Suggestions: if you are camping or rafting, cook more than you need each day and save leftovers for this sandwich. If you are at home, roast veggies once a week in a large quantity and save leftovers to be added to sandwiches and other dishes during the week. Same concept, just different location!

Friday, June 1, 2007

Ham Salad Dip

Kids are hungry and the hubbie is getting the grill ready. You're camping on the river and the chants of "I'm hungry... where's the food?" is getting a little old. Here's a quickie retro recipe spread to go with crackers and vegetable crudites. It'll keep them happy until the grilling is done.

1 container of ham salad spread
1 pkg cream cheese (softened to room temp)
3 T mustard (prepared)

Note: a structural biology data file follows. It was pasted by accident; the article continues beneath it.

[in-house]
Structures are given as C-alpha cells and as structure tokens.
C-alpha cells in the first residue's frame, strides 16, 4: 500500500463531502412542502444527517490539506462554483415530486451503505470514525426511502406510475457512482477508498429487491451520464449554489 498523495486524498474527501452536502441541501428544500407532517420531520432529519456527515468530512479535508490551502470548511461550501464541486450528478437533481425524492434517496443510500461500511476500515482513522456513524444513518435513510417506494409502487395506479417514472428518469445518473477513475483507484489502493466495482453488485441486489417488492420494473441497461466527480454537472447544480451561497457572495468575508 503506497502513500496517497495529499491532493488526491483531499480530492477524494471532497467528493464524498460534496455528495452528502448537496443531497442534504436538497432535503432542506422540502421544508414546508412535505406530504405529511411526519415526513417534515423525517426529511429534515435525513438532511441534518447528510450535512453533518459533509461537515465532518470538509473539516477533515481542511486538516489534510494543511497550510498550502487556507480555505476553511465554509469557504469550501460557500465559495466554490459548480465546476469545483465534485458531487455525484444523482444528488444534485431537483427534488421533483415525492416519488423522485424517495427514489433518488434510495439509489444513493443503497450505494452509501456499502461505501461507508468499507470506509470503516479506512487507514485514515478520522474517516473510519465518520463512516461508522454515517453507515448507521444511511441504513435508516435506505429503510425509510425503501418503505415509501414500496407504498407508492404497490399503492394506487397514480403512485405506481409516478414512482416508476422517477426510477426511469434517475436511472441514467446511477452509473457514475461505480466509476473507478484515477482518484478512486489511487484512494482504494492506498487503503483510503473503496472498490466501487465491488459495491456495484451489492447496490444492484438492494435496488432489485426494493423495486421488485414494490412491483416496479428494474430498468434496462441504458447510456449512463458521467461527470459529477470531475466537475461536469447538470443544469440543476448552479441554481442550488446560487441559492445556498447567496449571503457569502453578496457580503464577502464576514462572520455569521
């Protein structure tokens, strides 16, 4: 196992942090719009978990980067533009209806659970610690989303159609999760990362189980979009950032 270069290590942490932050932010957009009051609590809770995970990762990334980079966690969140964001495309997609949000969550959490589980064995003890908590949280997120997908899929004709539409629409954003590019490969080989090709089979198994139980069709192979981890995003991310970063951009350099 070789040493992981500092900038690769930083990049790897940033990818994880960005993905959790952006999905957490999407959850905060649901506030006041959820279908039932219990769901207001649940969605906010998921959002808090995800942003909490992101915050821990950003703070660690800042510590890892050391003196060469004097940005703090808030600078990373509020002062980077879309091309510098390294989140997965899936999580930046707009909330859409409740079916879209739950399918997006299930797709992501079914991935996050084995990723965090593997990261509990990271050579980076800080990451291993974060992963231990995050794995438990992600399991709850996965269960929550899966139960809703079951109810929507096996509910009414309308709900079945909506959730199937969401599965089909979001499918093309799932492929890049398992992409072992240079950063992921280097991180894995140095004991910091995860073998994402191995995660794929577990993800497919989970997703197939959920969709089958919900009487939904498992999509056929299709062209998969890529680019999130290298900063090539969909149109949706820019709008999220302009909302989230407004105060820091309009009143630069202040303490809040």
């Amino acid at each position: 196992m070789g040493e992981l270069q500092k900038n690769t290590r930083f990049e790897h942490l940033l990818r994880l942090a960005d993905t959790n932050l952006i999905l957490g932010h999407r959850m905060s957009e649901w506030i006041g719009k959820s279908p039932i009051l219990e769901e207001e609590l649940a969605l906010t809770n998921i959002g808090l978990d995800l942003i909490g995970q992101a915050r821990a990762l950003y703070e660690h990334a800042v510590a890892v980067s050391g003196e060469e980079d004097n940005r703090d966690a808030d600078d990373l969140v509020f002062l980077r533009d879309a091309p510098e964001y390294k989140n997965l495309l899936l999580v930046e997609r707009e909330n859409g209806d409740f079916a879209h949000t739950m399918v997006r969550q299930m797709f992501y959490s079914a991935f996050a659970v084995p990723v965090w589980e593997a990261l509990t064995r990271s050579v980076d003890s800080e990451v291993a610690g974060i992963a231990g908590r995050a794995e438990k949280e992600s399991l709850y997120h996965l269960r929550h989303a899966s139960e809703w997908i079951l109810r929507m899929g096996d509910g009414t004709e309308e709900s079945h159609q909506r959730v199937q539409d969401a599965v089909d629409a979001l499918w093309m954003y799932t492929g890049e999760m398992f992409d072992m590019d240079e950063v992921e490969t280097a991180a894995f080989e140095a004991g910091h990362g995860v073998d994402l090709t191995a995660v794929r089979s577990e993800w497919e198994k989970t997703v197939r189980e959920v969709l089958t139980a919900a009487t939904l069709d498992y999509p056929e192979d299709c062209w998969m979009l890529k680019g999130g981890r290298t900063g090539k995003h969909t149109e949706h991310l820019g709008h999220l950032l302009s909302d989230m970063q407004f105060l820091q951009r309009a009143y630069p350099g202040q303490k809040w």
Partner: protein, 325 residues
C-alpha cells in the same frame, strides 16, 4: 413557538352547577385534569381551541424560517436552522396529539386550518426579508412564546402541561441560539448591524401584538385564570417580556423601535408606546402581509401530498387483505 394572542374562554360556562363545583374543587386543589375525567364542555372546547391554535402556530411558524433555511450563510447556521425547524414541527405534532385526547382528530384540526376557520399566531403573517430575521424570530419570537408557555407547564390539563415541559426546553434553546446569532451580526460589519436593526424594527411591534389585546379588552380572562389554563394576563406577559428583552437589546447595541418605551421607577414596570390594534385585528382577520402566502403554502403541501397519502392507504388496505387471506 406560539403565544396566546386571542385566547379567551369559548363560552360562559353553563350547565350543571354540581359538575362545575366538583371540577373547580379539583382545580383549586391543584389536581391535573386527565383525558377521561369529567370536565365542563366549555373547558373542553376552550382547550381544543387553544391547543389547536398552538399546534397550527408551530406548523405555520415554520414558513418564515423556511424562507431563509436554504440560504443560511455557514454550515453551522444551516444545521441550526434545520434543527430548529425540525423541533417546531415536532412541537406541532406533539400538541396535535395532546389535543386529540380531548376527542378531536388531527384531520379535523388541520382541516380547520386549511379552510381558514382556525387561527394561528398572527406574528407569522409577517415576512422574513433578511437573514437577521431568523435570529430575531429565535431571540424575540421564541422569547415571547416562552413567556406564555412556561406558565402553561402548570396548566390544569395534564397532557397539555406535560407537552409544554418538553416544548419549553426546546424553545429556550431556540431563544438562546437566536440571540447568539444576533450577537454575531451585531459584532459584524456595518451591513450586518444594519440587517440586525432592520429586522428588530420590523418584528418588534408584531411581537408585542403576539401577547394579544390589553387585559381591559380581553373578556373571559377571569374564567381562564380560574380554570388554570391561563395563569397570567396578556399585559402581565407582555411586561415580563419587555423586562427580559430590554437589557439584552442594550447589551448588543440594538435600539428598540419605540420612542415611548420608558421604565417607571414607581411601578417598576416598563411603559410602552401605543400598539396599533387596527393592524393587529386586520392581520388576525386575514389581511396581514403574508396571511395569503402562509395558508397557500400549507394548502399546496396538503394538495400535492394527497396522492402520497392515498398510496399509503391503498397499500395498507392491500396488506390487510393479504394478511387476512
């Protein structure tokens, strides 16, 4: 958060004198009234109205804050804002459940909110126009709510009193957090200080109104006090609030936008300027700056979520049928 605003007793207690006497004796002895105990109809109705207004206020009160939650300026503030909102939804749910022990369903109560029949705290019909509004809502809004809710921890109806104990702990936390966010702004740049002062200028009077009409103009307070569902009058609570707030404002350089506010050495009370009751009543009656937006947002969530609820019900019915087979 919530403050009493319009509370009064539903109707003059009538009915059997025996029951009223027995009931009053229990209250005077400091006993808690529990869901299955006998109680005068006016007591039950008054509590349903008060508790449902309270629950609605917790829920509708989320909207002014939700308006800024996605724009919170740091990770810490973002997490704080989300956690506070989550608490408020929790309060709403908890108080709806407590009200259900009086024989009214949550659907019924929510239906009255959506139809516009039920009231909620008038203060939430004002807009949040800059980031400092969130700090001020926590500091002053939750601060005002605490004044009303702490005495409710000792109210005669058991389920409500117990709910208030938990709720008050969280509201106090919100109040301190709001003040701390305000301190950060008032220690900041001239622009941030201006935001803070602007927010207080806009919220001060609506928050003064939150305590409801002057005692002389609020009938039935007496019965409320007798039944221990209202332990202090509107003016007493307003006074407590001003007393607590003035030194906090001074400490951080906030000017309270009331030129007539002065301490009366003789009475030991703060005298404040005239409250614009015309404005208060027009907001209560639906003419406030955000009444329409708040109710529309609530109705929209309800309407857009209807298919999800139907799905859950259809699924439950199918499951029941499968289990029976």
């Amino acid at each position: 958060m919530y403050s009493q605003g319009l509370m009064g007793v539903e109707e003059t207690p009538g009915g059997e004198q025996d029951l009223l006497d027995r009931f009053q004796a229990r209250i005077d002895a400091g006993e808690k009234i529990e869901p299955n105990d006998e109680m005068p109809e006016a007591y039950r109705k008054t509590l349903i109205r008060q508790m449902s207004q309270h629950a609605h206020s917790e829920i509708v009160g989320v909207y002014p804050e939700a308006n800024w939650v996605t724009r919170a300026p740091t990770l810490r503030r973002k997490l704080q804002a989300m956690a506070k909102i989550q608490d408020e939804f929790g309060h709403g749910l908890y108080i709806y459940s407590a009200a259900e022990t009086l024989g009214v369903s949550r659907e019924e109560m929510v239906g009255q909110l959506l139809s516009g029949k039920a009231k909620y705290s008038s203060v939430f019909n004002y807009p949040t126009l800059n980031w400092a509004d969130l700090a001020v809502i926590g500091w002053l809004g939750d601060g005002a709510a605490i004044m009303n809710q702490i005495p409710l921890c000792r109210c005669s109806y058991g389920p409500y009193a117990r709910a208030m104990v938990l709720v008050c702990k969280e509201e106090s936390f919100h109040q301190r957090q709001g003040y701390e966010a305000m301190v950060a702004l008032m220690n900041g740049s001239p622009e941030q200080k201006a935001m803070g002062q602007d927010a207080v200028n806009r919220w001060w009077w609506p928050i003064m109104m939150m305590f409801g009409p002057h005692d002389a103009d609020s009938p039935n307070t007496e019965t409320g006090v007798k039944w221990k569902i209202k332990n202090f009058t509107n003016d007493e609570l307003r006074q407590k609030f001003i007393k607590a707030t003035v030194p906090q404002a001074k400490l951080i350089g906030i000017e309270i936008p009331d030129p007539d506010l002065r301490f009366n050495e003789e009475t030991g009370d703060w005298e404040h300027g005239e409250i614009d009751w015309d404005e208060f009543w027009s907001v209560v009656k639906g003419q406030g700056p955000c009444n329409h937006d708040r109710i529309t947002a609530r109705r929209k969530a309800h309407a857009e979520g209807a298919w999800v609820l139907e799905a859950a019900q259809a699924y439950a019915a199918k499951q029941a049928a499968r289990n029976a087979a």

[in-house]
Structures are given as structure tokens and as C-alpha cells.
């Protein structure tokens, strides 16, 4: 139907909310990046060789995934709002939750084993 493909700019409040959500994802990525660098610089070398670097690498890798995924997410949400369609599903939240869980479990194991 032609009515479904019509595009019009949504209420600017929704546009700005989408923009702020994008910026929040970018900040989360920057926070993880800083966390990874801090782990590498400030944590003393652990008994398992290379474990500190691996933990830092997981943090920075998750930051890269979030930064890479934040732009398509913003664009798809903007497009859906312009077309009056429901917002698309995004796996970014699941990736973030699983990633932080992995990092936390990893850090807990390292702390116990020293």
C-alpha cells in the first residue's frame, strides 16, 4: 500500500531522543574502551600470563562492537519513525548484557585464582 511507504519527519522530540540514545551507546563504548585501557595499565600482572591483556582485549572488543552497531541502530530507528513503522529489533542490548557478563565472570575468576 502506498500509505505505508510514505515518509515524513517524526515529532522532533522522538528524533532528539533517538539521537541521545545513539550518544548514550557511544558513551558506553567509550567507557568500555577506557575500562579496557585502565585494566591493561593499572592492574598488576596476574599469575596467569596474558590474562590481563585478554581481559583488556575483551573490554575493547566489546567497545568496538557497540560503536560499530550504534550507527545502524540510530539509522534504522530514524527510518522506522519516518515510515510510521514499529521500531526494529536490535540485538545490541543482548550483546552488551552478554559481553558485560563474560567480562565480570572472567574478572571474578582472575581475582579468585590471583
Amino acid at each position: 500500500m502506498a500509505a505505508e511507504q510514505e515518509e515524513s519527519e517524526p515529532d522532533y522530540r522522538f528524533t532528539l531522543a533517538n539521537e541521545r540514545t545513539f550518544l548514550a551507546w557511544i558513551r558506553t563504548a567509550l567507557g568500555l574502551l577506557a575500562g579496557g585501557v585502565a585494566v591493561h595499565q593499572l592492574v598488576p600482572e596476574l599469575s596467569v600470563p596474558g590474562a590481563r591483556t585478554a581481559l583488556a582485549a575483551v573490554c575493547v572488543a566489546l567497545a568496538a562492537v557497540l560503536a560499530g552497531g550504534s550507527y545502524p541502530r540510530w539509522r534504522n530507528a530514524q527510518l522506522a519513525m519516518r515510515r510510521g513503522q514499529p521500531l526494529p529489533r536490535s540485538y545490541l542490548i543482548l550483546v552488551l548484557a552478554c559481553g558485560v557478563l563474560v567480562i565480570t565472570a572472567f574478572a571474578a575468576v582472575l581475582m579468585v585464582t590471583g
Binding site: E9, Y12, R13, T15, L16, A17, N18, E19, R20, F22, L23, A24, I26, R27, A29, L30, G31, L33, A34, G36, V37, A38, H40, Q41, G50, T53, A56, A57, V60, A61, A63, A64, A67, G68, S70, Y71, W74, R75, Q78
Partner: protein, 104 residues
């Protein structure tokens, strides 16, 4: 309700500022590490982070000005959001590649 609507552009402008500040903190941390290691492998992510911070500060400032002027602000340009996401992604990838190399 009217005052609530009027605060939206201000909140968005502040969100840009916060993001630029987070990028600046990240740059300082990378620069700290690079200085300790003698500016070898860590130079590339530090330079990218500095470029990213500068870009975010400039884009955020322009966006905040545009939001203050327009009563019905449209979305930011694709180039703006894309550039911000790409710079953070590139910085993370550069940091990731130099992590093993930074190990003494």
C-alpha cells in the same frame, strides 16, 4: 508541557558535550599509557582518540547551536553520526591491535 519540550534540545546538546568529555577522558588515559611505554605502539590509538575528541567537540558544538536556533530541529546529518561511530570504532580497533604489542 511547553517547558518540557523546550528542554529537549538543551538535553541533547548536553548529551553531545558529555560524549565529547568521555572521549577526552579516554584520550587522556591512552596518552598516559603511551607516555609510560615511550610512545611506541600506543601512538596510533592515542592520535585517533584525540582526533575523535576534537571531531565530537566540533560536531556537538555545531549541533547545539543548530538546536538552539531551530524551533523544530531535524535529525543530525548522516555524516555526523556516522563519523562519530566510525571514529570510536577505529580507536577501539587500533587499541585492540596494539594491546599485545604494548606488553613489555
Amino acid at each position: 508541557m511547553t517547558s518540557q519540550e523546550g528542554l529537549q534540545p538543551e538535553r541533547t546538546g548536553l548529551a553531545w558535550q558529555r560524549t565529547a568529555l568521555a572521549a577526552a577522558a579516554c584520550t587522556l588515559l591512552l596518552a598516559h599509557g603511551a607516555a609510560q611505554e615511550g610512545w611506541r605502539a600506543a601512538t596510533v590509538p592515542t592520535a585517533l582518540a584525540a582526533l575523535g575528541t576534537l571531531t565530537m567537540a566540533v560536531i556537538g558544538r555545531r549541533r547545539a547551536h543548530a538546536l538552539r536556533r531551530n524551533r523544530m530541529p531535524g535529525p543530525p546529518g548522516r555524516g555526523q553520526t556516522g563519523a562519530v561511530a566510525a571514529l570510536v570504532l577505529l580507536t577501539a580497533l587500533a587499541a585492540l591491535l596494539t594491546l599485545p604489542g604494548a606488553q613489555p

2 tsp horseradish
1/4 tsp tabasco sauce

Blend all ingredients using an electric mixer or hand wisk. Chill and serve with plain crackers and/or cut carrots, cauliflower and/or jicama.

I like to have all the veggies cut and stored into a ziplock baggie. Add a wet paper towel in the baggie and the veggies will stay nice and crisp. Store in the cooler. Prepare the dip in advance for a time saver. Or have the kids whip it up with a fork in a small bowl. Enlist the kids to place the crackers and veggies onto a platter. Tell them they are in charge of the "presentation." By the time the kids are done, your dip will be done, too. You can change this dip by adding any of your favorites such as minced roasted red peppers, a bit of minced red onion or crushed black olives.